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Robert Mangold’s subtle abstract paintings—which are derived from ideas of geometry and asymmetry in shape and form—challenge the limits of the two-dimensional discipline with irregularly shaped canvases, cut-outs in the middle of canvases, subtly modulated planes of color, and architectural scales. Mangold is associated with the mid-century Minimalist movement, and he incorporates classical compositional elements into his non-objective works; they have variously taken inspiration from ancient Greek pottery and Renaissance frescoes. Mangold has exhibited in New York, London, Madrid, Paris, Los Angeles, and Zürich. His work has sold for seven figures at auction and belongs in the collections of the Art Institute of Chicago, the Guggenheim Museum, the Hirshhorn Museum and Sculpture Garden, the Kunstmuseum Basel, the Metropolitan Museum of Art, the Museum of Modern Art, the Phillips Collection, the Stedelijk Museum, and the Tate.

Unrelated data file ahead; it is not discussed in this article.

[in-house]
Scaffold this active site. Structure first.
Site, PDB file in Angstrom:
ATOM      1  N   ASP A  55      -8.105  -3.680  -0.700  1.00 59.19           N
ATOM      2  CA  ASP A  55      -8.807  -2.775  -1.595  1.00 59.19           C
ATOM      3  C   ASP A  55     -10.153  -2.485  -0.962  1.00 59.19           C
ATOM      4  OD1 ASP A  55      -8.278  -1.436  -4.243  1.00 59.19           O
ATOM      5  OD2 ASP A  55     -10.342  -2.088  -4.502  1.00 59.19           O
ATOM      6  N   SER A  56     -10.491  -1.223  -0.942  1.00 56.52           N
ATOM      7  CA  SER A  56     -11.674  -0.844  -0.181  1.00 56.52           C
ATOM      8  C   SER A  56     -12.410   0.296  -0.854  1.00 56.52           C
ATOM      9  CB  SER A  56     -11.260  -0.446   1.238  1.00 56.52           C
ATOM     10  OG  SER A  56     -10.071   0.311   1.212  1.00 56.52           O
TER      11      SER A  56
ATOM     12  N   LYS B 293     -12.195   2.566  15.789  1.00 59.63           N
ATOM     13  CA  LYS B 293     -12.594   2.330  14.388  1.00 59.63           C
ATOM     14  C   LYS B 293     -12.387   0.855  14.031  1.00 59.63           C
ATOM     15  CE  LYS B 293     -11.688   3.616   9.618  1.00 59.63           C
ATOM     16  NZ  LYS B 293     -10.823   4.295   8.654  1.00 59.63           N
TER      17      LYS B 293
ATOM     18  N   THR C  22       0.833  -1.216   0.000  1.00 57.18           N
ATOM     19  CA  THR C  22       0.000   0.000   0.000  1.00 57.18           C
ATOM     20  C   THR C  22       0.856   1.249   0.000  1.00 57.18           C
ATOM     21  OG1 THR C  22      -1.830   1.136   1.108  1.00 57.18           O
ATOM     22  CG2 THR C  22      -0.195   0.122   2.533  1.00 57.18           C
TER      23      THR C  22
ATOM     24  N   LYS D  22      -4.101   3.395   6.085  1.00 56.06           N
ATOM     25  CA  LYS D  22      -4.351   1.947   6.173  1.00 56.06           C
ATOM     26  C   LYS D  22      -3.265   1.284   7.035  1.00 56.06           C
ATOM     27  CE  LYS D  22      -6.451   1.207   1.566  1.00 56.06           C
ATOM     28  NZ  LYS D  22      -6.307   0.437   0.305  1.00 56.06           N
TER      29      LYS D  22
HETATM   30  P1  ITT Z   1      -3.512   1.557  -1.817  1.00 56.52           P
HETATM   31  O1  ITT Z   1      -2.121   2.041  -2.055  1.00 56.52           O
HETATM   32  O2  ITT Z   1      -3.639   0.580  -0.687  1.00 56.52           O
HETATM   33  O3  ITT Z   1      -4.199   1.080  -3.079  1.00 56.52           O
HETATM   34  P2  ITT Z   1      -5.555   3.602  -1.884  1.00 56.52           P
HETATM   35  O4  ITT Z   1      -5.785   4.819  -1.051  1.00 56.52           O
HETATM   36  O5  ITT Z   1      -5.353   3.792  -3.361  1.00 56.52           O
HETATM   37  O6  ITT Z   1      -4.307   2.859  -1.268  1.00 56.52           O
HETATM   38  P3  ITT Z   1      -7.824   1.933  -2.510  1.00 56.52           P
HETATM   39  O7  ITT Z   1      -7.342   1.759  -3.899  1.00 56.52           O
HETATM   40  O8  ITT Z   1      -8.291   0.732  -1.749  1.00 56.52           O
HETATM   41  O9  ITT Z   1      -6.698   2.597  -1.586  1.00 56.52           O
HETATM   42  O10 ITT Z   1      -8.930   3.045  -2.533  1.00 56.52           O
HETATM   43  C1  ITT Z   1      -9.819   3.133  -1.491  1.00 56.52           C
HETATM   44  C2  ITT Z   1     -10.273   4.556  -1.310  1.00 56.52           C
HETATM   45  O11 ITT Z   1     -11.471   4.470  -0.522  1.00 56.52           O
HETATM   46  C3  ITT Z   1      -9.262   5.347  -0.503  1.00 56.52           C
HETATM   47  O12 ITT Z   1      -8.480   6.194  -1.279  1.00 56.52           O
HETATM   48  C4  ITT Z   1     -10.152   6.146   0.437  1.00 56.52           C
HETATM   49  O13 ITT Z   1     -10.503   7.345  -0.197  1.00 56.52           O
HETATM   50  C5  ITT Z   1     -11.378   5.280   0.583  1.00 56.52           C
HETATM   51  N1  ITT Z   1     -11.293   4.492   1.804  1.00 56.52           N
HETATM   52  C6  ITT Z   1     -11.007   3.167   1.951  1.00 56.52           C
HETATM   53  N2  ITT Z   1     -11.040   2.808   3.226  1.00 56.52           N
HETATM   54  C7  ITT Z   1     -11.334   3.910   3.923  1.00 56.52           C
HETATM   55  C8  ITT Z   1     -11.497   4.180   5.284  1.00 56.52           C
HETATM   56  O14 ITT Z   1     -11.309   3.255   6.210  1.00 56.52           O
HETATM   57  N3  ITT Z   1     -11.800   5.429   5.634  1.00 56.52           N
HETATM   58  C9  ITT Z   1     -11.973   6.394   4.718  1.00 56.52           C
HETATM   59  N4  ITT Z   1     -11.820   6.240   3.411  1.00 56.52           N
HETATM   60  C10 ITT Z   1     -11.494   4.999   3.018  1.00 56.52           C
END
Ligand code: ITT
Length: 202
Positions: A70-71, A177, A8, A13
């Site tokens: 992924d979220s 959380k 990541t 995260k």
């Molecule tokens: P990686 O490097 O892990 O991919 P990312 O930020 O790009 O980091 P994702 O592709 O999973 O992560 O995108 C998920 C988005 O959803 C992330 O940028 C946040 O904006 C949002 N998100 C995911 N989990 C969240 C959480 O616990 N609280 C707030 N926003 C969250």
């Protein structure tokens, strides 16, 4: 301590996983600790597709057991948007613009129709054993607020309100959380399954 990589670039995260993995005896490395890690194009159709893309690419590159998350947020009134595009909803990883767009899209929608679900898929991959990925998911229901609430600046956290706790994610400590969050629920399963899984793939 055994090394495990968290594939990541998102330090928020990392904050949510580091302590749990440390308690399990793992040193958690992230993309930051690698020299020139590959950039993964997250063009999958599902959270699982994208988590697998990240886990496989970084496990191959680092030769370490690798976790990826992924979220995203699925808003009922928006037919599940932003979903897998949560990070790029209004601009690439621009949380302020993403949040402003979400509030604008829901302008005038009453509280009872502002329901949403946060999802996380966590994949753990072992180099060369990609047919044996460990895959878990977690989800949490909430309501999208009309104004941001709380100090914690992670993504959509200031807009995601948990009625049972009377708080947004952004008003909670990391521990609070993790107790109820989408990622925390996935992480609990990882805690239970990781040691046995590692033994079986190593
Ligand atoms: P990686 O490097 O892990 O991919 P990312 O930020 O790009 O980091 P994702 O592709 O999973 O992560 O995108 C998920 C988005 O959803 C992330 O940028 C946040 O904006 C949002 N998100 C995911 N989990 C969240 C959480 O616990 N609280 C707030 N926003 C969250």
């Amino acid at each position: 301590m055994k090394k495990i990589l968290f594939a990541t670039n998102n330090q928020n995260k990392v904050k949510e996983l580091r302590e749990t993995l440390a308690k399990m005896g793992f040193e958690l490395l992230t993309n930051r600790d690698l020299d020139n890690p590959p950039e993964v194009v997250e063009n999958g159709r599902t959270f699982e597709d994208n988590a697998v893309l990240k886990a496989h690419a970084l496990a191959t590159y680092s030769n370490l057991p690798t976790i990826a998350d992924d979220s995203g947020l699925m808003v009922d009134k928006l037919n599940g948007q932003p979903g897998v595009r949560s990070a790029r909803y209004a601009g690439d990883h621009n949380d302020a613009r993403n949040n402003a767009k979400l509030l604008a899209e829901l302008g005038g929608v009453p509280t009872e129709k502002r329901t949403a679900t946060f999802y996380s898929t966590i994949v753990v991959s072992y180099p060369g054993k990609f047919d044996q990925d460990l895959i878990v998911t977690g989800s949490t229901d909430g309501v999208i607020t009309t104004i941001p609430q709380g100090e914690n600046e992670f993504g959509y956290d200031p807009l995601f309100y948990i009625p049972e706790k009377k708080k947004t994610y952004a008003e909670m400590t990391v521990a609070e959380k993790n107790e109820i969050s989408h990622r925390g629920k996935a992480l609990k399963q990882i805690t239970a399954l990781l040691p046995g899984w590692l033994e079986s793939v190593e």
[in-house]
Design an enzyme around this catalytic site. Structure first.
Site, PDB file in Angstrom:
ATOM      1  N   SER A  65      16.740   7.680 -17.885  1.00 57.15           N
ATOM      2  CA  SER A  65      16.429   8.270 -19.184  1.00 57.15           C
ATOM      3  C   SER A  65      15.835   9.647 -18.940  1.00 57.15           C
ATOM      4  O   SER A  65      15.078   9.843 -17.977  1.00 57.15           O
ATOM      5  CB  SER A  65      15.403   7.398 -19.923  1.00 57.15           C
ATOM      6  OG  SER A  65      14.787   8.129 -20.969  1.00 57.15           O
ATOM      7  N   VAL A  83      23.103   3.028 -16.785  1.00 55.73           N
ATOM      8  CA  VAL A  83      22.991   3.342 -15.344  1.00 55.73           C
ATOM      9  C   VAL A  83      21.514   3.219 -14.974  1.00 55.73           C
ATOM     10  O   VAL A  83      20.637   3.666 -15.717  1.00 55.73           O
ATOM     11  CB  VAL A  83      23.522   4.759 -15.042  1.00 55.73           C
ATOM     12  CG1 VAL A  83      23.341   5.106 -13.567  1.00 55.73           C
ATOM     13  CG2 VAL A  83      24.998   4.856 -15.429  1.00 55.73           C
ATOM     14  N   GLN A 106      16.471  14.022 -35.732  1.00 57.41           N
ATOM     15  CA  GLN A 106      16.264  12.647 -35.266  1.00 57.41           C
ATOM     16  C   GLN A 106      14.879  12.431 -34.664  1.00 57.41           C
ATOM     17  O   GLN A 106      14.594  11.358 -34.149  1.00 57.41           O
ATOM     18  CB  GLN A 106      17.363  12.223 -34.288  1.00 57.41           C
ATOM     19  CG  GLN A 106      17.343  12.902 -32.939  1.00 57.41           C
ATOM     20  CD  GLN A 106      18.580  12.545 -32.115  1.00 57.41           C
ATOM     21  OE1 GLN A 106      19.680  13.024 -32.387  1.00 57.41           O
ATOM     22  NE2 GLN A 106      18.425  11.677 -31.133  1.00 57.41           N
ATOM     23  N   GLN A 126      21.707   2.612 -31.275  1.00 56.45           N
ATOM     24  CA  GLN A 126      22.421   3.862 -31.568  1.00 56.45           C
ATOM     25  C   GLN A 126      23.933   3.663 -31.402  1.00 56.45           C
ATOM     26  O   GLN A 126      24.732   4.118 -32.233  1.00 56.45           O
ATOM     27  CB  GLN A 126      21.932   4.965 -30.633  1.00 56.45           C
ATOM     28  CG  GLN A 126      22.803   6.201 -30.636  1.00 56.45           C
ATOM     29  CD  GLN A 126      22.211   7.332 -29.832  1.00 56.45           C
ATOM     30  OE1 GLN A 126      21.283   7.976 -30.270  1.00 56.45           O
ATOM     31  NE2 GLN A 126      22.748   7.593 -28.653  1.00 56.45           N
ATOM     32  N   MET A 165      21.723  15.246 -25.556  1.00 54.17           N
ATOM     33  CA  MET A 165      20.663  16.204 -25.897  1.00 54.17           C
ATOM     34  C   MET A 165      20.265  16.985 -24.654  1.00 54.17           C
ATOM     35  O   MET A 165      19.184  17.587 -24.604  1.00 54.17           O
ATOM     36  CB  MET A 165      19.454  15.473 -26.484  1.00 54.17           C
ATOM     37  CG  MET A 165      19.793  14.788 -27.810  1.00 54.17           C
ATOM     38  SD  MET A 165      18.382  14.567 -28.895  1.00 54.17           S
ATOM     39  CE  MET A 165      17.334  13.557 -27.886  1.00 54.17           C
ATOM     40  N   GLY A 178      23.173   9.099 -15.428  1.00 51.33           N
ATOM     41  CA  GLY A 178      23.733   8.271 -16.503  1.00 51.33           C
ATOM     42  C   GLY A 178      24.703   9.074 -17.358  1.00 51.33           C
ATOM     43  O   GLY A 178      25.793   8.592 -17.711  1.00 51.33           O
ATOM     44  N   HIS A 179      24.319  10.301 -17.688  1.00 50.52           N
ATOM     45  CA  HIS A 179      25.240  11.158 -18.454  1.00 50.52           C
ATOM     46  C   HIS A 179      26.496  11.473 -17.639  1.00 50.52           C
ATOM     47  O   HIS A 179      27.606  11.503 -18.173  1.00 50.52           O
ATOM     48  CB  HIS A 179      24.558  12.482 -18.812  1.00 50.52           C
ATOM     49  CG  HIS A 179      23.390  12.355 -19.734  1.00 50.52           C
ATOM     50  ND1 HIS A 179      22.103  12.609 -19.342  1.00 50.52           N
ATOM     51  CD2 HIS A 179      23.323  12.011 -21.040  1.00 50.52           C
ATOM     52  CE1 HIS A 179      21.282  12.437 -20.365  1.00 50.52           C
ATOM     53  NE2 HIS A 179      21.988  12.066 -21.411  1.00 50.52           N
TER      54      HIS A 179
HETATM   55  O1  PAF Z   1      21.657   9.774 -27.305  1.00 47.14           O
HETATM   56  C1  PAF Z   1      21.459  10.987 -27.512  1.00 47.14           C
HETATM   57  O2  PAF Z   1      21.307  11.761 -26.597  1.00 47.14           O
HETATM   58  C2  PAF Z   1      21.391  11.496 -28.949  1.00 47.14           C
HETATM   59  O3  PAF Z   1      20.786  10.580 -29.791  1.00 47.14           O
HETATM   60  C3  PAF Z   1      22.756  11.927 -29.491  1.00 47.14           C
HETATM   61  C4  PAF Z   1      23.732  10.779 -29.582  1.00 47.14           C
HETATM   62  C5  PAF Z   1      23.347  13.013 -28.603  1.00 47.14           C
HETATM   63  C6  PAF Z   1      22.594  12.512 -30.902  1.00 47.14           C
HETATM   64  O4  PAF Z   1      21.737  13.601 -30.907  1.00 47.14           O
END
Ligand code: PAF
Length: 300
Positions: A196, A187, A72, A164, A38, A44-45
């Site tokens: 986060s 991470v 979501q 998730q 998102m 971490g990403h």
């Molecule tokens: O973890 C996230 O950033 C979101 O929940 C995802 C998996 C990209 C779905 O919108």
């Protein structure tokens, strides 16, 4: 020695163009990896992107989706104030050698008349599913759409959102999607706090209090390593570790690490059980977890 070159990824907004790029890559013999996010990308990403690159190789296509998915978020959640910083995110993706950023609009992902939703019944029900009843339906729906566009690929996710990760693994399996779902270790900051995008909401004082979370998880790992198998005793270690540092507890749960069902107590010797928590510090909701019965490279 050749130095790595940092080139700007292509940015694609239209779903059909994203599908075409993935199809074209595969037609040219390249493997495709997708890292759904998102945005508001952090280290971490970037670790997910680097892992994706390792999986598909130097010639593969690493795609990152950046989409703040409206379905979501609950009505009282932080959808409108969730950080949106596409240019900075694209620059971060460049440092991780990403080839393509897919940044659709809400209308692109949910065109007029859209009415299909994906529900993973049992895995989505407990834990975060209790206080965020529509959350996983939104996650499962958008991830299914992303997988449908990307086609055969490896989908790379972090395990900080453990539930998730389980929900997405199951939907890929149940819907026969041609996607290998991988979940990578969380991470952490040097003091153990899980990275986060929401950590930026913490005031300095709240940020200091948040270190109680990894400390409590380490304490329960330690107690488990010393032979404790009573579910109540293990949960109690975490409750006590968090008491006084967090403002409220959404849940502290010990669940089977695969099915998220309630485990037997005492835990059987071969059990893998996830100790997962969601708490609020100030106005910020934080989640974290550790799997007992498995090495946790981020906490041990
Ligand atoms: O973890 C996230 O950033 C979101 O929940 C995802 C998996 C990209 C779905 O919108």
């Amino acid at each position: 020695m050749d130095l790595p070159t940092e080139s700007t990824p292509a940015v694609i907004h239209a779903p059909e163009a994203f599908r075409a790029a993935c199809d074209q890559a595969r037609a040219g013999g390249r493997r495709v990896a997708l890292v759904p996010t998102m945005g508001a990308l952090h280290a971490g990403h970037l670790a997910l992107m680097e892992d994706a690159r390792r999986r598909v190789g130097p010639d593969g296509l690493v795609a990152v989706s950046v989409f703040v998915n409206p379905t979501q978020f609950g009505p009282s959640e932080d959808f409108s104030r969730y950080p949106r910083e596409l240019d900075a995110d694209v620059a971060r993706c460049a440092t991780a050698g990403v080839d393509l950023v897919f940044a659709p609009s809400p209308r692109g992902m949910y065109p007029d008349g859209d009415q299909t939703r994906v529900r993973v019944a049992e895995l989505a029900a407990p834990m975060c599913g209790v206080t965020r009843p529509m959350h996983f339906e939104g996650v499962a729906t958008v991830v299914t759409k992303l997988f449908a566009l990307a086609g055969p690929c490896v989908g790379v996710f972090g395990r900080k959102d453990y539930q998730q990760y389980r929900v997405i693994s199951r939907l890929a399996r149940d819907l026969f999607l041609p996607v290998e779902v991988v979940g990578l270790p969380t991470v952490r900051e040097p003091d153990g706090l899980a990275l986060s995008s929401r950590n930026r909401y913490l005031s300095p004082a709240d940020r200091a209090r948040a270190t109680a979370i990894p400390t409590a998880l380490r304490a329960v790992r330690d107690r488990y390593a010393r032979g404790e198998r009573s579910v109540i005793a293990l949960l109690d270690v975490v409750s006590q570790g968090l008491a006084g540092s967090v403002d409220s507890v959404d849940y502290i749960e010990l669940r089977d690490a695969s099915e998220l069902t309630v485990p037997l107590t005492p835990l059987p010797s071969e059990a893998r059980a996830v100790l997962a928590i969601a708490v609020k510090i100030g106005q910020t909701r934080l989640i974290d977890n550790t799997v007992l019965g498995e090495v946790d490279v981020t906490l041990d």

Robert Mangold